According to the Tennessee Department of Health, Division of Vital Records and Statistics, there were 1,748 divorces in Knox County, Tennessee in 2019, resulting in a divorce rate of 3.7 persons per 1,000 population.
If you’re considering divorce, or already in the process of a divorce, the issue of alimony always looms large. When is it awarded, and to whom and why? Is it permanent? Can it be changed if circumstances change?
These are all great questions, and our team at the Law Office of Joshua S. Reed stands ready to answer them for you. If you’re on the path to divorce in or around Knoxville or Farragut, Tennessee, contact us immediately. We serve clients all over Eastern Tennessee, including the counties of Knox, Blount, Anderson, Sevier, Loudon, and Union.
Alimony Under Tennessee Law
Alimony — also called spousal support — is a monetary payment from one spouse to the other to help the nonpaying spouse make a successful transfer to living separately.
In Tennessee, judges in a divorce proceeding can award four types of alimony:
As the name implies, this form of alimony is aimed at enabling the supported spouse to increase their earning capacity by attending school, getting job training, or otherwise acquiring the skills necessary to achieve financial independence. The goal is for the spouse to establish a standard of living as close as possible to the one they enjoyed while married.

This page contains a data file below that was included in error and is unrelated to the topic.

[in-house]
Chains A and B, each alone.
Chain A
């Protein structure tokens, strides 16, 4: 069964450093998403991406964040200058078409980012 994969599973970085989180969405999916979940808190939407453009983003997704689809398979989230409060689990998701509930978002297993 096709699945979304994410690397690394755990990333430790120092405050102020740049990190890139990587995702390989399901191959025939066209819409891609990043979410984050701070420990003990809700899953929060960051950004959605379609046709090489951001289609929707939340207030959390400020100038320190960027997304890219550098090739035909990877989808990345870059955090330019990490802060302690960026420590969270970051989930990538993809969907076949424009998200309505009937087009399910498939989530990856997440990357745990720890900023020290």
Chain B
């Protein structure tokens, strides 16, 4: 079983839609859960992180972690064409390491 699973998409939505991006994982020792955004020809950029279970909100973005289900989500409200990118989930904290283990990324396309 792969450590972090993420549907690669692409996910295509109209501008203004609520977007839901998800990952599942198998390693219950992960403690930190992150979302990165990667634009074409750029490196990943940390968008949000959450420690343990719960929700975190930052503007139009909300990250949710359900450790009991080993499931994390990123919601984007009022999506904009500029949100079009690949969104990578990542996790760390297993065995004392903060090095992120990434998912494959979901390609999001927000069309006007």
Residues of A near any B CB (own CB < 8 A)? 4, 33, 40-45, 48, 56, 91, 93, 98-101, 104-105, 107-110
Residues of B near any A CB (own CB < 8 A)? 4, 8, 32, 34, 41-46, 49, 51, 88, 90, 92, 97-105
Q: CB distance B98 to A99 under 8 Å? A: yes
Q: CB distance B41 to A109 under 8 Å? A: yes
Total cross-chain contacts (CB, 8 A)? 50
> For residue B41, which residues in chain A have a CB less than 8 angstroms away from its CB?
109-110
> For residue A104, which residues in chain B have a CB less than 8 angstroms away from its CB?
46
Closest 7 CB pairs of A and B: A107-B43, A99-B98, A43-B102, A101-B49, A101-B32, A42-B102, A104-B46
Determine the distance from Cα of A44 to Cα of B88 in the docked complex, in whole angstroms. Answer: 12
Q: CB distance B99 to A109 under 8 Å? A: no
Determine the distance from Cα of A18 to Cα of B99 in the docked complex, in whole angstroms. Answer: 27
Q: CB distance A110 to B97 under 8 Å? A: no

Alimony In Futuro
Also known as periodic alimony, this can be awarded on a long-term (and sometimes permanent) basis to a spouse who — because of disability or other factors — is unable to obtain financial independence. The recipient could be a spouse who left the workforce to raise a family and is now unable to return to work.
This can be awarded to a spouse who doesn’t need new skills or training to rehabilitate and enter the workforce, but needs a cushion while adjusting to a post-divorce standard of living.
Alimony In Solido
Also called lump-sum alimony, this is a form of long-term support to help cover the spouse’s legal expenses and adjustment to post-divorce life. The judge awards a lump sum, which is then paid in monthly installments over a specified period of time.